SEOUL, South Korea – North Korea announced Tuesday that it has custody of an American who entered the country illegally last week — the first possible word from Pyongyang about an Arizona man who activists say wanted to bring international attention to the reclusive country's dire human rights situation.
The 28-year-old American was being investigated after "illegally entering" the country on Christmas Eve through the North Korea-China border last Thursday, North Korea's official Korean Central News Agency said in a two-line dispatch.
The report did not identify the American, but activists believe he is Christian missionary Robert Park, who they say slipped across the frozen Tumen River into North Korea from China, bearing letters that urged leader Kim Jong Il to resign and free all political prisoners. Activists say he crossed the border on Christmas Day; there was no immediate explanation for the discrepancy in dates.
"I am an American citizen. I brought God's love. God loves you and God bless you," Park said in fluent Korean as he crossed the border, according to Jo Sung-rae of the Seoul-based activist group Pax Koreana. Two North Korean defectors — one from South Korea and the other from China — accompanied Park to the border, Jo said.
South Korea's Unification Ministry said it cannot confirm the person cited in the KCNA dispatch is Park but noted that it had no intelligence indicating that other Americans went into North Korea illegally in recent days.
North Korea is one of the most reclusive nations in the world, allowing few citizens beyond its borders and strictly regulating who is allowed in.
Park's uncle called North Korea's confirmation good news. Manchul Cho said he worried North Korea would execute his nephew without ever acknowledging his presence.
"My fear was that they say they don't know anything about it and may get rid of him secretly," he told The Associated Press in California. "Once they recognize it, that's really good."
The detainment comes just months after North Korea freed two U.S. journalists arrested in March and sentenced four months later to 12 years of hard labor for trespassing and engaging in "hostile acts." The women were released in August to former U.S. President Bill Clinton, who journeyed to Pyongyang to negotiate their freedom.
Washington and Pyongyang have been engaged in a standoff over North Korea's nuclear ambitions but resumed dialogue after President Barack Obama's special envoy visited Pyongyang earlier this month.
State Department spokesman Ian Kelly told reporters Monday that the Swedish Embassy in Pyongyang has offered to try to get information about Park for the U.S., which does not have diplomatic ties with North Korea.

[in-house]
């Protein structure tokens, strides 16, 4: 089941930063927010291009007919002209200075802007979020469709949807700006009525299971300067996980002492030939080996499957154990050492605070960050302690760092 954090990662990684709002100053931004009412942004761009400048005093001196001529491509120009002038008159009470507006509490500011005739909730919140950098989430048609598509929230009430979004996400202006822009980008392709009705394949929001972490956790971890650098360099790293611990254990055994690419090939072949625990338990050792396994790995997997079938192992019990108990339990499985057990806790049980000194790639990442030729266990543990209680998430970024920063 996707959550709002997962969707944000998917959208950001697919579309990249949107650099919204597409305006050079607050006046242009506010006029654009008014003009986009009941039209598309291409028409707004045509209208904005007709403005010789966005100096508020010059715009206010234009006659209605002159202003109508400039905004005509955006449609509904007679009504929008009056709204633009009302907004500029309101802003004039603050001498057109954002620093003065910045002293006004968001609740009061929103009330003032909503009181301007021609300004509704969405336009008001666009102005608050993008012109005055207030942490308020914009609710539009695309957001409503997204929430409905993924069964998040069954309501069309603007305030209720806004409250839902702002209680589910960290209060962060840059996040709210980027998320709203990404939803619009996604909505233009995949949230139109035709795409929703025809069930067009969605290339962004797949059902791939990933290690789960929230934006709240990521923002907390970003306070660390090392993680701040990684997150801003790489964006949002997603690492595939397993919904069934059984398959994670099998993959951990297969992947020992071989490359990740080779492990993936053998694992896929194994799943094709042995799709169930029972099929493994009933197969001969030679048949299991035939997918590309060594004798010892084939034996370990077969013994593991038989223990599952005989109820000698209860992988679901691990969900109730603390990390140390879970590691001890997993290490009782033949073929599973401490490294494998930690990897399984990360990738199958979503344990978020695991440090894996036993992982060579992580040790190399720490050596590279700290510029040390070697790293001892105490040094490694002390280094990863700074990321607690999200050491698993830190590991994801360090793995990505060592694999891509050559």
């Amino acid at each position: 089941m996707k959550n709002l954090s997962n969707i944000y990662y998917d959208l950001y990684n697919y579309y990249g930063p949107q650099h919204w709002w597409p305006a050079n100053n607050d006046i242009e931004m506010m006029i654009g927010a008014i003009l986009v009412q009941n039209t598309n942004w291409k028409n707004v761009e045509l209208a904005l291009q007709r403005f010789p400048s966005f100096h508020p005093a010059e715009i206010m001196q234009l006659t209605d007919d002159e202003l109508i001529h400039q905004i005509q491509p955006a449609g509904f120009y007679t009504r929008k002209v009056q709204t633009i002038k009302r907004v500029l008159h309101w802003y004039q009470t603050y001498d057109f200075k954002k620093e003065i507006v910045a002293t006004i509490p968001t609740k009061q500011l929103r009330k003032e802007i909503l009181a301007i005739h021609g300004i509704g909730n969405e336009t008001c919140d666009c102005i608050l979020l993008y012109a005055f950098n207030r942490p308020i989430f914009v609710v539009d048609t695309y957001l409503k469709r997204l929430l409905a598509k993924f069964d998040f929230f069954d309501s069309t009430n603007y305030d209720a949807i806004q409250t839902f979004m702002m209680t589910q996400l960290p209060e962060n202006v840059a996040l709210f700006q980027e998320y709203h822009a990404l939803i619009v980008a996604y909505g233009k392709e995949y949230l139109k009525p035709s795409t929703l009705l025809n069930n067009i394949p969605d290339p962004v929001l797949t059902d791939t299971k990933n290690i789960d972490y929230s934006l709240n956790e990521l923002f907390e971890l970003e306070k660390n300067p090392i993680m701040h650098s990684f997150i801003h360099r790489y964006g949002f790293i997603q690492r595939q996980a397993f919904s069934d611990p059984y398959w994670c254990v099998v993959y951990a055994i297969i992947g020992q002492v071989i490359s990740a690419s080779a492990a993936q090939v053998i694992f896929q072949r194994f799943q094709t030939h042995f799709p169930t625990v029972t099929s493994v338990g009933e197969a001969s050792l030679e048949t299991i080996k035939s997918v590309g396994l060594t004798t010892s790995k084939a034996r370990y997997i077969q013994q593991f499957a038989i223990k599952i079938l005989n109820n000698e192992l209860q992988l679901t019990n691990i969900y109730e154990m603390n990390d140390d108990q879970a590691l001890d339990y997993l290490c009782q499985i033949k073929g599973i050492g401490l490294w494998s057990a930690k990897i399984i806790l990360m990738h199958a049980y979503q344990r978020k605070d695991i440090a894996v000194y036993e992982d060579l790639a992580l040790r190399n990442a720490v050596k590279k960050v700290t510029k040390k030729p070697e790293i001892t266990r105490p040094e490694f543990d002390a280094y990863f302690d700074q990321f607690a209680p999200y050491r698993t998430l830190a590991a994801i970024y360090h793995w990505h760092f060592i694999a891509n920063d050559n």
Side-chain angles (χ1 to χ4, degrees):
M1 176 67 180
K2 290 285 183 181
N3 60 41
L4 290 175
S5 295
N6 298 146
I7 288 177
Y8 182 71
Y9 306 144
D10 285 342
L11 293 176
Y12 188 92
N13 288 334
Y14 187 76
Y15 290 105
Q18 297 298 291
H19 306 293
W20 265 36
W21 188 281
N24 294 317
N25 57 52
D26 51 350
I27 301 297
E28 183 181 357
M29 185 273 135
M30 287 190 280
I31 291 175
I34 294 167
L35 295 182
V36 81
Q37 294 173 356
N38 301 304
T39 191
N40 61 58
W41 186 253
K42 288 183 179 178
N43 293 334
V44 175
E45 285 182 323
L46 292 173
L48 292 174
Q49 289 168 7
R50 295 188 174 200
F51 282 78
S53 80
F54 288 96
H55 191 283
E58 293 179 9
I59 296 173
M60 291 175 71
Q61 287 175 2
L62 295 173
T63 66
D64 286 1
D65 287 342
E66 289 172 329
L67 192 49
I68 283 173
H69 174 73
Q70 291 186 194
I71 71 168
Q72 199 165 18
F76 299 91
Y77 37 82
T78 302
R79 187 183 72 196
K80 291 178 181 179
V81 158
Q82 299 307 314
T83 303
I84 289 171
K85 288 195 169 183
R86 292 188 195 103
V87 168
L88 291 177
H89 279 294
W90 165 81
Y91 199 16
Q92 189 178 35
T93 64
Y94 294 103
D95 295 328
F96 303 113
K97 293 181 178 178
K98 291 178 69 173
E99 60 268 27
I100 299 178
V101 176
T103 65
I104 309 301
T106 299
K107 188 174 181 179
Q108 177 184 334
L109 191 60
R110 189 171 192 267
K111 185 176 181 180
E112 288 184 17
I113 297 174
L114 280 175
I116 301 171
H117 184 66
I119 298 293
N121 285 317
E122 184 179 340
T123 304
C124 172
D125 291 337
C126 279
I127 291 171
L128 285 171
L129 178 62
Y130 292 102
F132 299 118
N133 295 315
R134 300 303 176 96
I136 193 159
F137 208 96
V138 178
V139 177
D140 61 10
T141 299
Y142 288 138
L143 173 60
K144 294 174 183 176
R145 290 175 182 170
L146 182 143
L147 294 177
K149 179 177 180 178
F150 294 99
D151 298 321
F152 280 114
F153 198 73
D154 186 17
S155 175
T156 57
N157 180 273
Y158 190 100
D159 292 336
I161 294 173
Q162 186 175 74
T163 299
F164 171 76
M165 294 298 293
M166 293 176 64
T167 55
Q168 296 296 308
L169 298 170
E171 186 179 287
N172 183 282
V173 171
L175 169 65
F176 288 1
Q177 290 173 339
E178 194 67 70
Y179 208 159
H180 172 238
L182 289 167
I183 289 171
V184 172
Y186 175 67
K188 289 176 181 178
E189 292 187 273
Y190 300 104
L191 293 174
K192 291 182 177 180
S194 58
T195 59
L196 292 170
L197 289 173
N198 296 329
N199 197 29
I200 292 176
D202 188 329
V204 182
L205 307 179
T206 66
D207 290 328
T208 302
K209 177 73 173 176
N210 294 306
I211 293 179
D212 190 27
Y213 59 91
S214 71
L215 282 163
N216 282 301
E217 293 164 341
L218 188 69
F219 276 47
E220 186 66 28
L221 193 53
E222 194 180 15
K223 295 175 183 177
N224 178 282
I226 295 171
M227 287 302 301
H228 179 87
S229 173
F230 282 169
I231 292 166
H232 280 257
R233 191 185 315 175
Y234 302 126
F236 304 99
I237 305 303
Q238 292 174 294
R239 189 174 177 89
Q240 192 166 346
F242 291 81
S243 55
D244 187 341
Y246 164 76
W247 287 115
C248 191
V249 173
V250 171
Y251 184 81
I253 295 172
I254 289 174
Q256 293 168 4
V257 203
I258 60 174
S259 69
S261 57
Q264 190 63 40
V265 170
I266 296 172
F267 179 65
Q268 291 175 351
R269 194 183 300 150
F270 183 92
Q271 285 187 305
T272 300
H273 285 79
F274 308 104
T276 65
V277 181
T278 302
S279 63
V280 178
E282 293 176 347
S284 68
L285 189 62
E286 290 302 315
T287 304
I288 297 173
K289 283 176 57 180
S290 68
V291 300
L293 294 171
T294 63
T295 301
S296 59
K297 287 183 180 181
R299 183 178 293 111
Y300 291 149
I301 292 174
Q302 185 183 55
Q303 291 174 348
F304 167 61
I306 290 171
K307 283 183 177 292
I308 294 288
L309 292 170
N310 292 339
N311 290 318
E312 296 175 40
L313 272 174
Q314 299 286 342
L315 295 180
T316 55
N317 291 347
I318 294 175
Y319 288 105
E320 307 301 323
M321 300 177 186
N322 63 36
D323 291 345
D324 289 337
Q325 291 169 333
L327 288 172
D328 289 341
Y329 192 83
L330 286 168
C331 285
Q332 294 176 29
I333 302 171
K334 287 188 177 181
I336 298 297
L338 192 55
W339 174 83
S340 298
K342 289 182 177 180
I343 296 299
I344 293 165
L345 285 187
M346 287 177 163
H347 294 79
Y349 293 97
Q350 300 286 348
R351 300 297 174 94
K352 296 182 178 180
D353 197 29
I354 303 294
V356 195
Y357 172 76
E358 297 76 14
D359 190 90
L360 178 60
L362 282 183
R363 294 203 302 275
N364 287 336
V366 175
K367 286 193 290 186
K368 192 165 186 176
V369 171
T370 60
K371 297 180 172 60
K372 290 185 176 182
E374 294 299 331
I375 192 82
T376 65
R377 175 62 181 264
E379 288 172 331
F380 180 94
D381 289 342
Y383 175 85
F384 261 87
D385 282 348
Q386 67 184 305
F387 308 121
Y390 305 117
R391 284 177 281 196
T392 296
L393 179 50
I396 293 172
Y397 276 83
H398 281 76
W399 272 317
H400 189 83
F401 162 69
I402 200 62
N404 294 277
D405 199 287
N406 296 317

"We are concerned by these reports and we are looking into them," Kelly said in Washington.
The Rev. John Benson, pastor at Life in Christ Community Church in Park's hometown of Tucson, Arizona, said he was happy to hear Park was alive.
"To hear it confirmed is great," Benson said. "He did this to bring awareness to the situation in North Korea ... Drastic situations call for drastic measures."
North Korea holds some 154,000 political prisoners in six large camps across the country, according to South Korean government estimates. Pyongyang has long been regarded as having one of the world's worst human rights records, but it denies the existence of prison camps.
North Korea's criminal code punishes illegal entry with up to three years in prison, but it's unclear how the North would handle Park's case.
Kim Yong-hyun, a North Korea expert at Seoul's Dongguk University, said the North would likely expel Park soon because detaining him for long may bring international attention to his cause.
Analyst Paik Hak-soon of the private Sejong Institute think tank predicted Pyongyang will sentence Park to a lengthy prison, then free him.
North Korean border guards apparently detained Park soon after he entered the country, Jo said. One of the two guides who helped Park said he heard North Korean guards speaking just after he crossed.
The two Koreas remain locked in a state of war because their three-year conflict ended in a truce, not a peace treaty. North and South Korea are divided by a heavily fortified border manned by hundreds of thousands of troops. The United States, which fought on the South Korean side during the 1950-53 war, still has 28,500 troops stationed in the South.